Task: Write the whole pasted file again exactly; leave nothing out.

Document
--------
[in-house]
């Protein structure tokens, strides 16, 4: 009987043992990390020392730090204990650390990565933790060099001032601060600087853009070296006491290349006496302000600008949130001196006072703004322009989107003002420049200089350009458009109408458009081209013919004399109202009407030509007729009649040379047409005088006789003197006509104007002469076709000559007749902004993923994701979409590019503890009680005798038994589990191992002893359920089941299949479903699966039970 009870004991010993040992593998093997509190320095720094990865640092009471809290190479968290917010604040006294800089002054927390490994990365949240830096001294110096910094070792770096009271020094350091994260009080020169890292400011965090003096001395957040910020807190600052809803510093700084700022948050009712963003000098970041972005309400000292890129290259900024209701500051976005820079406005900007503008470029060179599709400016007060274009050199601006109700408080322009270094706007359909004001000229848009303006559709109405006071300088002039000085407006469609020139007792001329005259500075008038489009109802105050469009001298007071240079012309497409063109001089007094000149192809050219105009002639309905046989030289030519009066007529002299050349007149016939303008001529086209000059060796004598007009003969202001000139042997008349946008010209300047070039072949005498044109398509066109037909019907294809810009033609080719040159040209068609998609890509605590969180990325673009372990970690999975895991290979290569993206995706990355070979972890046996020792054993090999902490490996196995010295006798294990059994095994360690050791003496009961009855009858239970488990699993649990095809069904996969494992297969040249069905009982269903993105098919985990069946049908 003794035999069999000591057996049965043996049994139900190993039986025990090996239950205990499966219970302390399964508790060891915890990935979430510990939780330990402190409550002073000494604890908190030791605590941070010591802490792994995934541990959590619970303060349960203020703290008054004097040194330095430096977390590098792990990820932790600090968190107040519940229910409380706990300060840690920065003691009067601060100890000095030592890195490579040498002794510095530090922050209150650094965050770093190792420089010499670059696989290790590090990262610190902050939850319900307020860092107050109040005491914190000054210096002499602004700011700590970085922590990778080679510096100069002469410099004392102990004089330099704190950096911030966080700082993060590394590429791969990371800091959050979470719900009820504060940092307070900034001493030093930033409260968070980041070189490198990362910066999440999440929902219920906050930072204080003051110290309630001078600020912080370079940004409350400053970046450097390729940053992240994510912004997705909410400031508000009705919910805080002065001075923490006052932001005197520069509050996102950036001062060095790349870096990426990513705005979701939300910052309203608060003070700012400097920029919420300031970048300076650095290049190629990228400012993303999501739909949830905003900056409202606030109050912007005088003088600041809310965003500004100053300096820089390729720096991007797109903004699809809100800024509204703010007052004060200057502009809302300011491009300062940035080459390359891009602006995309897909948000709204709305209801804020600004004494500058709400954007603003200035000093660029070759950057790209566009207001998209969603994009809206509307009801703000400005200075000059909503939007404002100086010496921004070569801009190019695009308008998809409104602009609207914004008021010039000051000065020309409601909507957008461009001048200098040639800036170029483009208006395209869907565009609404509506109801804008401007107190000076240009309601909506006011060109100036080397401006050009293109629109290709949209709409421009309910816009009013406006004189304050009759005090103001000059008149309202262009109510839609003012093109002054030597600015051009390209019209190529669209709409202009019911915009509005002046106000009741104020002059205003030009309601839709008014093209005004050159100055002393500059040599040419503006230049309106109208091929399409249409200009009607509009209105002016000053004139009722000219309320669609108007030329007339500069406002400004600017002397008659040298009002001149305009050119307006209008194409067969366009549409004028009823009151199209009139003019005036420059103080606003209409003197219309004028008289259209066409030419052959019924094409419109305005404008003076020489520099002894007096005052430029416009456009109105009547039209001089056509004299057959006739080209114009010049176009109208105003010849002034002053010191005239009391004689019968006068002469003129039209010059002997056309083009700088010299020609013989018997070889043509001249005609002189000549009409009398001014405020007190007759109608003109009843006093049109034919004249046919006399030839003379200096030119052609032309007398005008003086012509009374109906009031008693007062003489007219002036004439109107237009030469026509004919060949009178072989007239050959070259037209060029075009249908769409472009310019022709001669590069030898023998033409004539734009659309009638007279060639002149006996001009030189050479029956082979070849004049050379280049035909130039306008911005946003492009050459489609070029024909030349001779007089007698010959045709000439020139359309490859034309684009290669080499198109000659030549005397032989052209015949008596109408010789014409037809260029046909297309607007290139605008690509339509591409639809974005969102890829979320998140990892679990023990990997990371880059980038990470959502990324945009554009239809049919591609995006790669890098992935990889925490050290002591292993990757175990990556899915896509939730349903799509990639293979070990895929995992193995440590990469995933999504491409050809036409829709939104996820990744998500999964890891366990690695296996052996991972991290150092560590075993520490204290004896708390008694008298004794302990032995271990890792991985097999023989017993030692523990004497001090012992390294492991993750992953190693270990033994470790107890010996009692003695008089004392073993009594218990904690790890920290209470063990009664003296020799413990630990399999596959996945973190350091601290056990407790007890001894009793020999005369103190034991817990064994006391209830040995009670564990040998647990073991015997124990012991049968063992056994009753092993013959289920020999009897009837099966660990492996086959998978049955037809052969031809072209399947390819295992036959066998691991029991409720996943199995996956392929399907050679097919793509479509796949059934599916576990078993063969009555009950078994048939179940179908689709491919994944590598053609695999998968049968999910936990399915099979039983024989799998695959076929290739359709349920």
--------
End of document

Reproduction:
[in-house]
């Protein structure tokens, strides 16, 4: 009987043992990390020392730090204990650390990565933790060099001032601060600087853009070296006491290349006496302000600008949130001196006072703004322009989107003002420049200089350009458009109408458009081209013919004399109202009407030509007729009649040379047409005088006789003197006509104007002469076709000559007749902004993923994701979409590019503890009680005798038994589990191992002893359920089941299949479903699966039970 009870004991010993040992593998093997509190320095720094990865640092009471809290190479968290917010604040006294800089002054927390490994990365949240830096001294110096910094070792770096009271020094350091994260009080020169890292400011965090003096001395957040910020807190600052809803510093700084700022948050009712963003000098970041972005309400000292890129290259900024209701500051976005820079406005900007503008470029060179599709400016007060274009050199601006109700408080322009270094706007359909004001000229848009303006559709109405006071300088002039000085407006469609020139007792001329005259500075008038489009109802105050469009001298007071240079012309497409063109001089007094000149192809050219105009002639309905046989030289030519009066007529002299050349007149016939303008001529086209000059060796004598007009003969202001000139042997008349946008010209300047070039072949005498044109398509066109037909019907294809810009033609080719040159040209068609998609890509605590969180990325673009372990970690999975895991290979290569993206995706990355070979972890046996020792054993090999902490490996196995010295006798294990059994095994360690050791003496009961009855009858239970488990699993649990095809069904996969494992297969040249069905009982269903993105098919985990069946049908 003794035999069999000591057996049965043996049994139900190993039986025990090996239950205990499966219970302390399964508790060891915890990935979430510990939780330990402190409550002073000494604890908190030791605590941070010591802490792994995934541990959590619970303060349960203020703290008054004097040194330095430096977390590098792990990820932790600090968190107040519940229910409380706990300060840690920065003691009067601060100890000095030592890195490579040498002794510095530090922050209150650094965050770093190792420089010499670059696989290790590090990262610190902050939850319900307020860092107050109040005491914190000054210096002499602004700011700590970085922590990778080679510096100069002469410099004392102990004089330099704190950096911030966080700082993060590394590429791969990371800091959050979470719900009820504060940092307070900034001493030093930033409260968070980041070189490198990362910066999440999440929902219920906050930072204080003051110290309630001078600020912080370079940004409350400053970046450097390729940053992240994510912004997705909410400031508000009705919910805080002065001075923490006052932001005197520069509050996102950036001062060095790349870096990426990513705005979701939300910052309203608060003070700012400097920029919420300031970048300076650095290049190629990228400012993303999501739909949830905003900056409202606030109050912007005088003088600041809310965003500004100053300096820089390729720096991007797109903004699809809100800024509204703010007052004060200057502009809302300011491009300062940035080459390359891009602006995309897909948000709204709305209801804020600004004494500058709400954007603003200035000093660029070759950057790209566009207001998209969603994009809206509307009801703000400005200075000059909503939007404002100086010496921004070569801009190019695009308008998809409104602009609207914004008021010039000051000065020309409601909507957008461009001048200098040639800036170029483009208006395209869907565009609404509506109801804008401007107190000076240009309601909506006011060109100036080397401006050009293109629109290709949209709409421009309910816009009013406006004189304050009759005090103001000059008149309202262009109510839609003012093109002054030597600015051009390209019209190529669209709409202009019911915009509005002046106000009741104020002059205003030009309601839709008014093209005004050159100055002393500059040599040419503006230049309106109208091929399409249409200009009607509009209105002016000053004139009722000219309320669609108007030329007339500069406002400004600017002397008659040298009002001149305009050119307006209008194409067969366009549409004028009823009151199209009139003019005036420059103080606003209409003197219309004028008289259209066409030419052959019924094409419109305005404008003076020489520099002894007096005052430029416009456009109105009547039209001089056509004299057959006739080209114009010049176009109208105003010849002034002053010191005239009391004689019968006068002469003129039209010059002997056309083009700088010299020609013989018997070889043509001249005609002189000549009409009398001014405020007190007759109608003109009843006093049109034919004249046919006399030839003379200096030119052609032309007398005008003086012509009374109906009031008693007062003489007219002036004439109107237009030469026509004919060949009178072989007239050959070259037209060029075009249908769409472009310019022709001669590069030898023998033409004539734009659309009638007279060639002149006996001009030189050479029956082979070849004049050379280049035909130039306008911005946003492009050459489609070029024909030349001779007089007698010959045709000439020139359309490859034309684009290669080499198109000659030549005397032989052209015949008596109408010789014409037809260029046909297309607007290139605008690509339509591409639809974005969102890829979320998140990892679990023990990997990371880059980038990470959502990324945009554009239809049919591609995006790669890098992935990889925490050290002591292993990757175990990556899915896509939730349903799509990639293979070990895929995992193995440590990469995933999504491409050809036409829709939104996820990744998500999964890891366990690695296996052996991972991290150092560590075993520490204290004896708390008694008298004794302990032995271990890792991985097999023989017993030692523990004497001090012992390294492991993750992953190693270990033994470790107890010996009692003695008089004392073993009594218990904690790890920290209470063990009664003296020799413990630990399999596959996945973190350091601290056990407790007890001894009793020999005369103190034991817990064994006391209830040995009670564990040998647990073991015997124990012991049968063992056994009753092993013959289920020999009897009837099966660990492996086959998978049955037809052969031809072209399947390819295992036959066998691991029991409720996943199995996956392929399907050679097919793509479509796949059934599916576990078993063969009555009950078994048939179940179908689709491919994944590598053609695999998968049968999910936990399915099979039983024989799998695959076929290739359709349920």